That last part, working off the resonance, is where the poignancy comes in. You cannot take in the scope of terror or joy, it is simply too much to write down, and often it is simply more than we can contain when we experience them. So you hone in on one small aspect, something that holds a wealth of meaning, such as the child’s socks in the road. You take in that one small thing, but you are immediately hit with the importance of it, like waves of sound trembling through a gong—only, in this case, the hammer is a sequence and the sound is emotion.
It would be hard to give examples of my use of this without picking up lines of text from my manuscripts and plopping them in here. I don’t invent these circumstances outside of their organic stories. The trick is somehow knowing which details, noticed in the moment by the character, will equally convey emotion and empathy to the reader. Sometimes these connections are intuitively obvious, sometimes you have to almost write the reader as much as you write the character.
Note: (I apologize, this is a long answer.) Between Rosemary Sutcliff, who really taught me how to write, and the opening battle sequence in the film “Gladiator,” I learned the significance of practically arresting the movement of reality, of slowing it until things seem both numb and terribly clear. I have experienced this sort of thing, but I was taught it mentally and visually through Sutcliff’s literature and Ridley Scott’s cinematography.
Besides the lush writing and thrilling melodrama, my favourite thing about Plenilune was Margaret and her character arc, from someone who is very powerless to someone who is “terrible as an army with banners”. It can be so hard to write a female character who is feminine without being useless, and courageous without being annoying. Can you share some thoughts on how to get this balance right?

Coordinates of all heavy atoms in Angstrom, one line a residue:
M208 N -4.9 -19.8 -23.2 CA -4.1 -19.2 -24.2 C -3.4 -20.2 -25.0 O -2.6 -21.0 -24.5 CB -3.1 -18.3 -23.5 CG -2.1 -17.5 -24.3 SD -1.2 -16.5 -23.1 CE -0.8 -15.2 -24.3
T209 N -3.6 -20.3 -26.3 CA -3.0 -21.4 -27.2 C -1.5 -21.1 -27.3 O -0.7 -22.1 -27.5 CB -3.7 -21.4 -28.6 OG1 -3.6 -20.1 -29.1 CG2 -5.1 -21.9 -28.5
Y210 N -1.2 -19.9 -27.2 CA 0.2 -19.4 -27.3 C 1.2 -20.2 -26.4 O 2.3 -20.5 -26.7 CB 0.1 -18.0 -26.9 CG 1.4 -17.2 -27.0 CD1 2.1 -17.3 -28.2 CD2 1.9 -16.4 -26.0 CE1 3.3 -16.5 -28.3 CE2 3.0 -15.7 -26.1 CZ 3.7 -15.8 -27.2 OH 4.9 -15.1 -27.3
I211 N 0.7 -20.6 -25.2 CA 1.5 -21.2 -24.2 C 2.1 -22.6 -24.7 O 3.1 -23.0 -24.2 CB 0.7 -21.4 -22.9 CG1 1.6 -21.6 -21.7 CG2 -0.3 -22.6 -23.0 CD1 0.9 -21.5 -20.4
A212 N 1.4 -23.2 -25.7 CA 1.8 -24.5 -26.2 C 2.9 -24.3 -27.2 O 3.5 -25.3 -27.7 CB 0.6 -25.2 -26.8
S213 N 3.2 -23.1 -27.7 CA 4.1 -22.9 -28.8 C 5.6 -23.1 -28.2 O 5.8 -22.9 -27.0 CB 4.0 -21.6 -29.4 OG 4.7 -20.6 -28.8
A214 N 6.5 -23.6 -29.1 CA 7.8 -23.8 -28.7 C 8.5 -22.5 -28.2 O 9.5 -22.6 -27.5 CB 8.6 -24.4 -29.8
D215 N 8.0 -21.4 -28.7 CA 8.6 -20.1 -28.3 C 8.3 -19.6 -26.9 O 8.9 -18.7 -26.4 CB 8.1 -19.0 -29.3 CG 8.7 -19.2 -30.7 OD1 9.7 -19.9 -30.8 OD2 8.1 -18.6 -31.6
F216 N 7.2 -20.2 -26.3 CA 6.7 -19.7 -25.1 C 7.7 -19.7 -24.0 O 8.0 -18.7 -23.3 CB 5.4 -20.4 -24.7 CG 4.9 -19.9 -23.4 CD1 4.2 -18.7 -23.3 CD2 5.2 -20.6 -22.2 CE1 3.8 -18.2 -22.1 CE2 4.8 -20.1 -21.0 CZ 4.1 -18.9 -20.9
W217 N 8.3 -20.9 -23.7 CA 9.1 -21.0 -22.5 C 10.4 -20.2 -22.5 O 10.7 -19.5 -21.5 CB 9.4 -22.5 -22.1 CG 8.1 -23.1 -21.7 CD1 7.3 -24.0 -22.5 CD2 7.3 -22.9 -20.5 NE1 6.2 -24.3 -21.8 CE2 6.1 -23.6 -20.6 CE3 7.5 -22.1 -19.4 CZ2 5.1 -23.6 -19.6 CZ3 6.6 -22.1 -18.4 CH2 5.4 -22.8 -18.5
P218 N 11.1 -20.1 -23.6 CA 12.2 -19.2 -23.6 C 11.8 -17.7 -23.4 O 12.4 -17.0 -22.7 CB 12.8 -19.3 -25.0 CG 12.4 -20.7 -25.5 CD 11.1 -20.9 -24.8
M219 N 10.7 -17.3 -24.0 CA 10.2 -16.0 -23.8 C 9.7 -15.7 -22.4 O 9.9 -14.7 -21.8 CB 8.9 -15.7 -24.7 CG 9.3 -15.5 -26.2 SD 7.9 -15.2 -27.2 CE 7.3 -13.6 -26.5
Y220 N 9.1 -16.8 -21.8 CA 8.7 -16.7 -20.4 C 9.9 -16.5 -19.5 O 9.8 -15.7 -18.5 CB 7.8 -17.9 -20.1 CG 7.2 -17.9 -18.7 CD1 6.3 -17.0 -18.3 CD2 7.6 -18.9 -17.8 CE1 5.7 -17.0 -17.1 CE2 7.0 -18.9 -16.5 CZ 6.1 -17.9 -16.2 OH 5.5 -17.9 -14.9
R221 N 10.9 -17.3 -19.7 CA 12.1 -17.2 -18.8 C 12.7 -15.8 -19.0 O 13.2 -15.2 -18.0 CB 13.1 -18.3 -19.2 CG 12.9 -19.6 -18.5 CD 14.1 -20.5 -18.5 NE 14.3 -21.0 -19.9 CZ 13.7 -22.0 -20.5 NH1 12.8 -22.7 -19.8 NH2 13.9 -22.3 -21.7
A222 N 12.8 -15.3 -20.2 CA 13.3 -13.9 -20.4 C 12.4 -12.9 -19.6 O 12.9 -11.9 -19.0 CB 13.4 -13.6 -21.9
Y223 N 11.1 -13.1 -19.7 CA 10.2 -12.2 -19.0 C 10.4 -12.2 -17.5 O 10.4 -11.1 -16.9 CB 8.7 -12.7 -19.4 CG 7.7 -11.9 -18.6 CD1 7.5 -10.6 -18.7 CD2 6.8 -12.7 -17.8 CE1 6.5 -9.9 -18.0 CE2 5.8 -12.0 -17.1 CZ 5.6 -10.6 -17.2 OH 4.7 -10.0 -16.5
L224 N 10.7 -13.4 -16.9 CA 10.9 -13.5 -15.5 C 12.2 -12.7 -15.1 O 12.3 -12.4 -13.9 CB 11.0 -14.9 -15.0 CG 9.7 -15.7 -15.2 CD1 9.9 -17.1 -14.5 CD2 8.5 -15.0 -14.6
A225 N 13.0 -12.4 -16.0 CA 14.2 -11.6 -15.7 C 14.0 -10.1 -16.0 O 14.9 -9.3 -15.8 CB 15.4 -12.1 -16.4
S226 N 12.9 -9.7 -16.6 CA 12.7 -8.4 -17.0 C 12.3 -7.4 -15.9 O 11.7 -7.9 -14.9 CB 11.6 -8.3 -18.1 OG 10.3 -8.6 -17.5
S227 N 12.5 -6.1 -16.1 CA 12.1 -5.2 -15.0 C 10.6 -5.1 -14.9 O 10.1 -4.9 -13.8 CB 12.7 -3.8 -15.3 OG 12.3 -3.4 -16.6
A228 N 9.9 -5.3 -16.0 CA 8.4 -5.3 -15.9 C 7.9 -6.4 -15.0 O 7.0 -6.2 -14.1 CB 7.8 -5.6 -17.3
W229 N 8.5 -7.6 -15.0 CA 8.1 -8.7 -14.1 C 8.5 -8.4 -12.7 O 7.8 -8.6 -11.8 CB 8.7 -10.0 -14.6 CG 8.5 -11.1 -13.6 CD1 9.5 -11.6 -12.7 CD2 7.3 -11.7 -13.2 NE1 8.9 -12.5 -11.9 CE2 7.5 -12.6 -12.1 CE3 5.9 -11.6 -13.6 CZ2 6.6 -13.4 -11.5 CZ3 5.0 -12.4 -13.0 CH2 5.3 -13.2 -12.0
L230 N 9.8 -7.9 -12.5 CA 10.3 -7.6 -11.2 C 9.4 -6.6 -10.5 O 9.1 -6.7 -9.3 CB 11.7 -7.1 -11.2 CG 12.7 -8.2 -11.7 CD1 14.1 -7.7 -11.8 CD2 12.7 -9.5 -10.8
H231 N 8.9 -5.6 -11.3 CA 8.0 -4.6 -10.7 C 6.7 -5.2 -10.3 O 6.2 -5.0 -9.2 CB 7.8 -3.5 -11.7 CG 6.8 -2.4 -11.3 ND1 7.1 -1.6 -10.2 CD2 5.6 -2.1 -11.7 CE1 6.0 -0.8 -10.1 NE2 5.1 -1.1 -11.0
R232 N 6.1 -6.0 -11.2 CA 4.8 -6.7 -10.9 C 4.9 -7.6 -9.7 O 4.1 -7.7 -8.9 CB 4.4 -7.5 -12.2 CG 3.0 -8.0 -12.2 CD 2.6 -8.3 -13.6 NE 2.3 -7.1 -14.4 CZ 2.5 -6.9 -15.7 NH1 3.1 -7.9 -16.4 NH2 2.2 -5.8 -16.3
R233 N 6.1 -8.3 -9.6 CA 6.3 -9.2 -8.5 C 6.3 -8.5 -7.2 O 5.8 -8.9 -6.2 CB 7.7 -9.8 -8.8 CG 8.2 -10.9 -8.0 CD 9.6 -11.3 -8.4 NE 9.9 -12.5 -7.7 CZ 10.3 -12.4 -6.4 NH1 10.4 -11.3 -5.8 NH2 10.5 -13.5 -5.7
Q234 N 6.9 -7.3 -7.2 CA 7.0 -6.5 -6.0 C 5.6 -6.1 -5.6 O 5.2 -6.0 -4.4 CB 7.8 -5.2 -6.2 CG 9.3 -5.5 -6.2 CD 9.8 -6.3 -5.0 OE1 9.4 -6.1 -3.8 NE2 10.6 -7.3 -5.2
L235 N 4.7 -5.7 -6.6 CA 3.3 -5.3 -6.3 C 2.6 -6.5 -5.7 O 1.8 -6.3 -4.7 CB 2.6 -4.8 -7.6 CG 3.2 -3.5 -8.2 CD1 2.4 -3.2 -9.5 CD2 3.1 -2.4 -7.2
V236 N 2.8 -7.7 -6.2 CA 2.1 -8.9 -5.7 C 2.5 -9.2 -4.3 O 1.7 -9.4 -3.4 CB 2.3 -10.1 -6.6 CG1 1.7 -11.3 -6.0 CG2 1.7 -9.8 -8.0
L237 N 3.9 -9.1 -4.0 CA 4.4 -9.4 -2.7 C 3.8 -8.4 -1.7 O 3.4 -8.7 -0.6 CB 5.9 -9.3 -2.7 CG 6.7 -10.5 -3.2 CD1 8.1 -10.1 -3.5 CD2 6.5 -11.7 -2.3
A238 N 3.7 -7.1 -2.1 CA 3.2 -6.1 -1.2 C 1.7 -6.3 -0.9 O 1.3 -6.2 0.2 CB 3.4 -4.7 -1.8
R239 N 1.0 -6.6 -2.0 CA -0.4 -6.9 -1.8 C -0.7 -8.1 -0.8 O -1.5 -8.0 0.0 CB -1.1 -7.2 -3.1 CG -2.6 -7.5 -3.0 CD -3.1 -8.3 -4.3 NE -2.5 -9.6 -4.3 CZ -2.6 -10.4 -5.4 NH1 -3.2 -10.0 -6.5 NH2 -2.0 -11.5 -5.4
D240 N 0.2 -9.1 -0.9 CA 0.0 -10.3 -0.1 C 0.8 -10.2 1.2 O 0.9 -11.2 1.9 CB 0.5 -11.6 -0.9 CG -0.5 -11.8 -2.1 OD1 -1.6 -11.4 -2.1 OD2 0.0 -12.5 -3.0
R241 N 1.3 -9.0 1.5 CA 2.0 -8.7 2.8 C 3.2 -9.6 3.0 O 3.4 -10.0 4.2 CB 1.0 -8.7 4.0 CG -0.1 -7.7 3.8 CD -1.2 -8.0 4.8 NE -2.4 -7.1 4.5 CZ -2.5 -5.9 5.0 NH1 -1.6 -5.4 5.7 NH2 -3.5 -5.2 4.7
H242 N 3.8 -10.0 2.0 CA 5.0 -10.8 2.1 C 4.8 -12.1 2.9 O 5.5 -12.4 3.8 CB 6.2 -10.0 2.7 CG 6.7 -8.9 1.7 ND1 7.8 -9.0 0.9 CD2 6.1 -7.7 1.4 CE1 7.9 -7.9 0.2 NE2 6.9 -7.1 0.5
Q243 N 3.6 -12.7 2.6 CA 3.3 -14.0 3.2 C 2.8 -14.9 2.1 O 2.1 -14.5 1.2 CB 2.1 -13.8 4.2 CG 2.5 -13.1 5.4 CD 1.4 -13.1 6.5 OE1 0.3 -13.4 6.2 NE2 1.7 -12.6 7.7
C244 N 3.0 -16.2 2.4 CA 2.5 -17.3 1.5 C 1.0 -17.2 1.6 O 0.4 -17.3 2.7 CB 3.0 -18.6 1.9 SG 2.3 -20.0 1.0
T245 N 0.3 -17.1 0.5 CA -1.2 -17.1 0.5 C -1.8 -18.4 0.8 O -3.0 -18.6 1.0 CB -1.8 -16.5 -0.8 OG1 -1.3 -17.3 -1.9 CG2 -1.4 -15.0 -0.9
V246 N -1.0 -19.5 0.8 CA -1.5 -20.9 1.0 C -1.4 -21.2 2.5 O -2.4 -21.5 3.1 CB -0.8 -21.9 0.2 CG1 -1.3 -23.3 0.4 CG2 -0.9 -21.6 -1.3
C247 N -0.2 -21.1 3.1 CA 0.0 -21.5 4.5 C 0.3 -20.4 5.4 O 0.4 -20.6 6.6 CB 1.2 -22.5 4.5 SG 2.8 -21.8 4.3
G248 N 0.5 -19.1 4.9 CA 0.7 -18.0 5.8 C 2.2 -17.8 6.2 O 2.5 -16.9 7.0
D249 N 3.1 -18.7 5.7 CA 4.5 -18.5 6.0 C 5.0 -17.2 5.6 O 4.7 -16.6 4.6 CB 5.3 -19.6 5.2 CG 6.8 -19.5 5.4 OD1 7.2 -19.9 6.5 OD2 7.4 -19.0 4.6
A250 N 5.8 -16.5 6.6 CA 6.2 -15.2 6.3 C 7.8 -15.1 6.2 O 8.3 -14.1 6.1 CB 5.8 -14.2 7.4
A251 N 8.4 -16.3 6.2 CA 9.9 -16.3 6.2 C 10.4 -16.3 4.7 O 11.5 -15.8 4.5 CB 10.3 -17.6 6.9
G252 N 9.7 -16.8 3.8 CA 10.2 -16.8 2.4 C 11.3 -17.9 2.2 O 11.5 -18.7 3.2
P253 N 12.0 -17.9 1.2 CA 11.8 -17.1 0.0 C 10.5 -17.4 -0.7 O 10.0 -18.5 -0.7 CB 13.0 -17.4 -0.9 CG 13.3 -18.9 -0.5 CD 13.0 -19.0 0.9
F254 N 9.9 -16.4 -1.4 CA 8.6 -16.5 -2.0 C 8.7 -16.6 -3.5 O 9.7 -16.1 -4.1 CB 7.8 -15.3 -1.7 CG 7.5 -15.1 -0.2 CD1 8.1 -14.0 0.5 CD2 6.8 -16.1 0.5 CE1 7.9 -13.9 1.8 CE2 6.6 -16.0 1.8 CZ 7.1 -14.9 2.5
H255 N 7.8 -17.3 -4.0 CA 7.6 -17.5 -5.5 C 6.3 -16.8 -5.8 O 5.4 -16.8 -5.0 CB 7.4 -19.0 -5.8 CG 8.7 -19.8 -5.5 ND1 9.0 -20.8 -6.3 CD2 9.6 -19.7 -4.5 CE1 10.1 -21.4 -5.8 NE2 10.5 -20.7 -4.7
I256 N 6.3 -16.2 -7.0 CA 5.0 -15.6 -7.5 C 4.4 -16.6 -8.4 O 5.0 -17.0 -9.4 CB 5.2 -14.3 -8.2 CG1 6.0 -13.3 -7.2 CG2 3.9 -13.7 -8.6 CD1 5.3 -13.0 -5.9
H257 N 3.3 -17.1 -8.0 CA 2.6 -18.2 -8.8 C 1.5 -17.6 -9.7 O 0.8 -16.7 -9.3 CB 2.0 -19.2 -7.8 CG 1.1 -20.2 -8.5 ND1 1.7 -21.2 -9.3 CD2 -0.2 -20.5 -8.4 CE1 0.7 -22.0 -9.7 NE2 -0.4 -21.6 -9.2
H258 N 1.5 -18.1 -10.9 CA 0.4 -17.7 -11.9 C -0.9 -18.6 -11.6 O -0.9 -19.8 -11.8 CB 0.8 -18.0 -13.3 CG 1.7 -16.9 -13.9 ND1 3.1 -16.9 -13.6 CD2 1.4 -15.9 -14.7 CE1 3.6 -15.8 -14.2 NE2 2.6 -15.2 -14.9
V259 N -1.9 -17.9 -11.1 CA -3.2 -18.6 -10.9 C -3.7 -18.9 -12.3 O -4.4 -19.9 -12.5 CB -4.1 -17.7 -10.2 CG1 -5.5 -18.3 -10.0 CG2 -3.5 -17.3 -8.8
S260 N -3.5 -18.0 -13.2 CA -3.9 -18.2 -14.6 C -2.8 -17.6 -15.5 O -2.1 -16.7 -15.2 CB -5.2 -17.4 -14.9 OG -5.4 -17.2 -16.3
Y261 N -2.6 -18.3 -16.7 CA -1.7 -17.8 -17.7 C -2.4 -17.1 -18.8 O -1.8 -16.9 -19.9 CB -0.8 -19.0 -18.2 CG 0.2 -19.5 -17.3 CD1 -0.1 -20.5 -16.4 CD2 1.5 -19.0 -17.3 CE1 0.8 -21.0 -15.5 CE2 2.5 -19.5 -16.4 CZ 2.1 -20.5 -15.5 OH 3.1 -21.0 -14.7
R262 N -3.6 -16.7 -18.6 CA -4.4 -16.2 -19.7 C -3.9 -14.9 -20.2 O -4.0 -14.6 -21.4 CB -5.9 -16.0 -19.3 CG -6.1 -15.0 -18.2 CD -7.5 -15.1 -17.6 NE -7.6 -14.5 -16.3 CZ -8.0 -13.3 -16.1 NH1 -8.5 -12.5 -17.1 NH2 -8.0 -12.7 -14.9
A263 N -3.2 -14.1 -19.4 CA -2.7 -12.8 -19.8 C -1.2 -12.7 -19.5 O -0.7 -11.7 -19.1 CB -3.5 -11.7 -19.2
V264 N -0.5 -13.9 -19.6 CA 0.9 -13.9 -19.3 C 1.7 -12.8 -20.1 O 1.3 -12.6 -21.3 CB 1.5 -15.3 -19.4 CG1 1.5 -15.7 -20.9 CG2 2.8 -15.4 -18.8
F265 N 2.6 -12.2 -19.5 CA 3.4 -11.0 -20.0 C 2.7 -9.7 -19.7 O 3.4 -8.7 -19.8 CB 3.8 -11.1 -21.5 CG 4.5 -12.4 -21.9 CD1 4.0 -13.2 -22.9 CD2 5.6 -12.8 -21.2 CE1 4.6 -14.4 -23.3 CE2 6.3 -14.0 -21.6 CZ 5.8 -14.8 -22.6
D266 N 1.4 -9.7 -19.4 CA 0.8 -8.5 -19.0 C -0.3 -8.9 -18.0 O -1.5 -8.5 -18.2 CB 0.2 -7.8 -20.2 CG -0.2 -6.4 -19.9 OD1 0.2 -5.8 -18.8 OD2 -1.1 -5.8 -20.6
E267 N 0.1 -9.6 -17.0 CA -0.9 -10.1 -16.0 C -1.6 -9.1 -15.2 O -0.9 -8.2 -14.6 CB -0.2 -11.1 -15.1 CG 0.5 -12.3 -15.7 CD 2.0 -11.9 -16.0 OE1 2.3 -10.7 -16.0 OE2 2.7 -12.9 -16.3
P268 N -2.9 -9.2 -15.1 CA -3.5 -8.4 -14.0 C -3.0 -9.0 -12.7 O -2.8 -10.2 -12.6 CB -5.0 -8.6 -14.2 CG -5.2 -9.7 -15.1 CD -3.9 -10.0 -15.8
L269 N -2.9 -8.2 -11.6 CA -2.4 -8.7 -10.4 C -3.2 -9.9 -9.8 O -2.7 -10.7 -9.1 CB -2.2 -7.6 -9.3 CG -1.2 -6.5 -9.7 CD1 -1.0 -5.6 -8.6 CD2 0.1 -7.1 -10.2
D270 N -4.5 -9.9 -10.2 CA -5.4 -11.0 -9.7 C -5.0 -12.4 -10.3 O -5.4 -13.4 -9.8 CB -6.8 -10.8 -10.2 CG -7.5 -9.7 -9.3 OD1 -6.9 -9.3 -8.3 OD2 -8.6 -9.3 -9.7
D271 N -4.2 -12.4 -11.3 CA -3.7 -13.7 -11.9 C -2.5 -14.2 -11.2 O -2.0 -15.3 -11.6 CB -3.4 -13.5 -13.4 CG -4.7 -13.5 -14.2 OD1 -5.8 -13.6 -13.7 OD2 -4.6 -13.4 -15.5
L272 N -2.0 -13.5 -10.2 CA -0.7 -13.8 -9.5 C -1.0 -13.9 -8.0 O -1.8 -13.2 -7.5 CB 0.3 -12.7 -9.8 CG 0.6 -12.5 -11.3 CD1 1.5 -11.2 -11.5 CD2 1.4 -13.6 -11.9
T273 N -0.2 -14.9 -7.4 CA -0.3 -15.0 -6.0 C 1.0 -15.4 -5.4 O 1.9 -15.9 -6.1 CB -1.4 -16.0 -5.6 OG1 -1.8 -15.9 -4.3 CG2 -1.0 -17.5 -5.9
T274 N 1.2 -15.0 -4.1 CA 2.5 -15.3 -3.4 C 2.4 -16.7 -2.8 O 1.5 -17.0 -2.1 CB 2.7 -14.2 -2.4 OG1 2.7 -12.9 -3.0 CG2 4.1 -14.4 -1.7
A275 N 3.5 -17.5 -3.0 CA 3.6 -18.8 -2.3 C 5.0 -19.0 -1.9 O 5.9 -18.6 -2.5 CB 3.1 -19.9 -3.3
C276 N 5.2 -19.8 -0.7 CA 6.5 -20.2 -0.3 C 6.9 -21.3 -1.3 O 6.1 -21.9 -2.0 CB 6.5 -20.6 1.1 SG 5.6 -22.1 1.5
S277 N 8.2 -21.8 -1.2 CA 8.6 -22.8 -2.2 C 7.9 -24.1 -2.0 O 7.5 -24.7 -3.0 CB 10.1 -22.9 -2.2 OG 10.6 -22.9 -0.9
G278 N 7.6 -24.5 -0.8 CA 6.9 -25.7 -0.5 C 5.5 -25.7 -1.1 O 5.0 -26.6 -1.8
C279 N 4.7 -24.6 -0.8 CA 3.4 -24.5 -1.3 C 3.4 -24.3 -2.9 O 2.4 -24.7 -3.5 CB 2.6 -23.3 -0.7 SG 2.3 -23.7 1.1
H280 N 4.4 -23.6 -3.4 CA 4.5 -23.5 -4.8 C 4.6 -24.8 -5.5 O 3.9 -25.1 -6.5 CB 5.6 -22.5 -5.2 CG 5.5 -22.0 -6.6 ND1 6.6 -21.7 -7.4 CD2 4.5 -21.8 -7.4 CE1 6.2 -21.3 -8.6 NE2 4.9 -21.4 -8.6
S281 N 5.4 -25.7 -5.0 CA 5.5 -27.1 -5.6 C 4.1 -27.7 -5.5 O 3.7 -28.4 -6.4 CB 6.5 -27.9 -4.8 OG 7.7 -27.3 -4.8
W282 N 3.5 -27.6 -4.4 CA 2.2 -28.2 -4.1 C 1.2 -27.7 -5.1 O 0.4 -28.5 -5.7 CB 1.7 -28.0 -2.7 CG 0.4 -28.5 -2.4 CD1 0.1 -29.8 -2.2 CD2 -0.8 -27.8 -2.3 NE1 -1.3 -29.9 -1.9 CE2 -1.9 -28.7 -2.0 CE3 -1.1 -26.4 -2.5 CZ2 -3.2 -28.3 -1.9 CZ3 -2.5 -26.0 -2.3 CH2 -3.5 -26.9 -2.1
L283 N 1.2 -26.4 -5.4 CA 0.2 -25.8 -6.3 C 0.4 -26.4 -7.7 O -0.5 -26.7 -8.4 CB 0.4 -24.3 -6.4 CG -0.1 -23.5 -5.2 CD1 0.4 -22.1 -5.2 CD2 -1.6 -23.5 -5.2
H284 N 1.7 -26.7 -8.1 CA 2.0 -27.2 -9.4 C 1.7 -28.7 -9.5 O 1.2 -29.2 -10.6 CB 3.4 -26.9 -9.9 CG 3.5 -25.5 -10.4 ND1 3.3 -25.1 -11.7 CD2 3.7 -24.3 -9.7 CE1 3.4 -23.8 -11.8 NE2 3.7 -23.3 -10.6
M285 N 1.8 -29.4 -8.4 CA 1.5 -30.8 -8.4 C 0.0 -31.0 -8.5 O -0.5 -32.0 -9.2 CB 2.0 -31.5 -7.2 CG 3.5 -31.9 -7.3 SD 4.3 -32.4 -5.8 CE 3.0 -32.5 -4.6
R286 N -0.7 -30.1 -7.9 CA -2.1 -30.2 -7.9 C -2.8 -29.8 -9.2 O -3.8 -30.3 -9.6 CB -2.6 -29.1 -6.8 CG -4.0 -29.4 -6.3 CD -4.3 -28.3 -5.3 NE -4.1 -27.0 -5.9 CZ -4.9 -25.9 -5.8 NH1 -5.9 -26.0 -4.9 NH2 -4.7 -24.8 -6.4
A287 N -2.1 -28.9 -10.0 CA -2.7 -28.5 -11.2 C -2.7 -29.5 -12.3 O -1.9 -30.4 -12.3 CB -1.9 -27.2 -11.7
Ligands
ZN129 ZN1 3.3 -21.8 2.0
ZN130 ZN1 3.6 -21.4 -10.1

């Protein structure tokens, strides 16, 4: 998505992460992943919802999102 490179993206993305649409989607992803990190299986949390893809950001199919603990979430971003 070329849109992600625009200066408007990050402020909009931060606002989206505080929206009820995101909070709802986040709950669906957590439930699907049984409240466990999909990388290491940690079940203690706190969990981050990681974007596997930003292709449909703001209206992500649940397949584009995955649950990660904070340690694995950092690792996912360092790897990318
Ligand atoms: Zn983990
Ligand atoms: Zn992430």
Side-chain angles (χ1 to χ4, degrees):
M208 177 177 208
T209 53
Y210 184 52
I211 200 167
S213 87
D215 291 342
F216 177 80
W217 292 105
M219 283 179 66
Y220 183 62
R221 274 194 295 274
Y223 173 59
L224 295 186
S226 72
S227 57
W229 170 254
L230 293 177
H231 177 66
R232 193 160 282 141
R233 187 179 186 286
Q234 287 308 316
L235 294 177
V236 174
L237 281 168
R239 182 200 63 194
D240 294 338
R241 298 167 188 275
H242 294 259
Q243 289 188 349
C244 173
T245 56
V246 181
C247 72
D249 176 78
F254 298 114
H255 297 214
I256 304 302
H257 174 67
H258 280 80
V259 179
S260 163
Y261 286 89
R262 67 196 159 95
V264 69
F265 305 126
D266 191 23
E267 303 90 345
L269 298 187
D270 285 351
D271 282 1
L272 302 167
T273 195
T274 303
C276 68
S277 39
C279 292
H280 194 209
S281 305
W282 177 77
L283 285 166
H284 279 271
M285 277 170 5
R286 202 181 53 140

I think the balance lies in knowing what people are like. Margaret is someone who is struggling hard to be something more in life, something better, but discovers when push comes to shove that she hasn’t actually got the skills required to stand on her own. The desire remains, and through the mutual nurturing of necessity and the school of hard knocks, and actually seeing a strength worth emulating, she grows into her ideals. “Strong women” is also not an issue that ever needed arguing in Plenilune: it is tacitly understood that a great woman is one who is both powerful in genius and tender in temperament.
There is also a need to recognize that these balances will look different in different women, and may not always rub others the right way. My “strong female character” of an upcoming Plenilunar installment can be so “terrible as an army with banners” that it can grate for other characters, and come across as almost more masculine than a woman ought to be, but she is a woman, and the reader is not left without a picture of the fragile side of the weaker vessel.
Who was your favourite character? What did you like most about writing him or her?
I think, in reading the book, my favourite character will probably be apparent. I won’t say outright who it is, so that nothing is spoiled for the reader, but I think it was the constant wheeling harmony of paradoxes in the character which I particularly loved. The sensation of motion, like rings around a planet, was never still, it was always humming, and there was always a sense of a thunderstorm building and waiting to let loose. The complete absence of any compartmentalization in the character’s brain allowed for a more cohesive picture of Plenilune and life than the main character and reader might have got from a more orthodox individual. The sense I got from Chesterton that “here we have battle and blazing eyes, and chance and honour and high surprise” was never lacking in this character, and I loved it.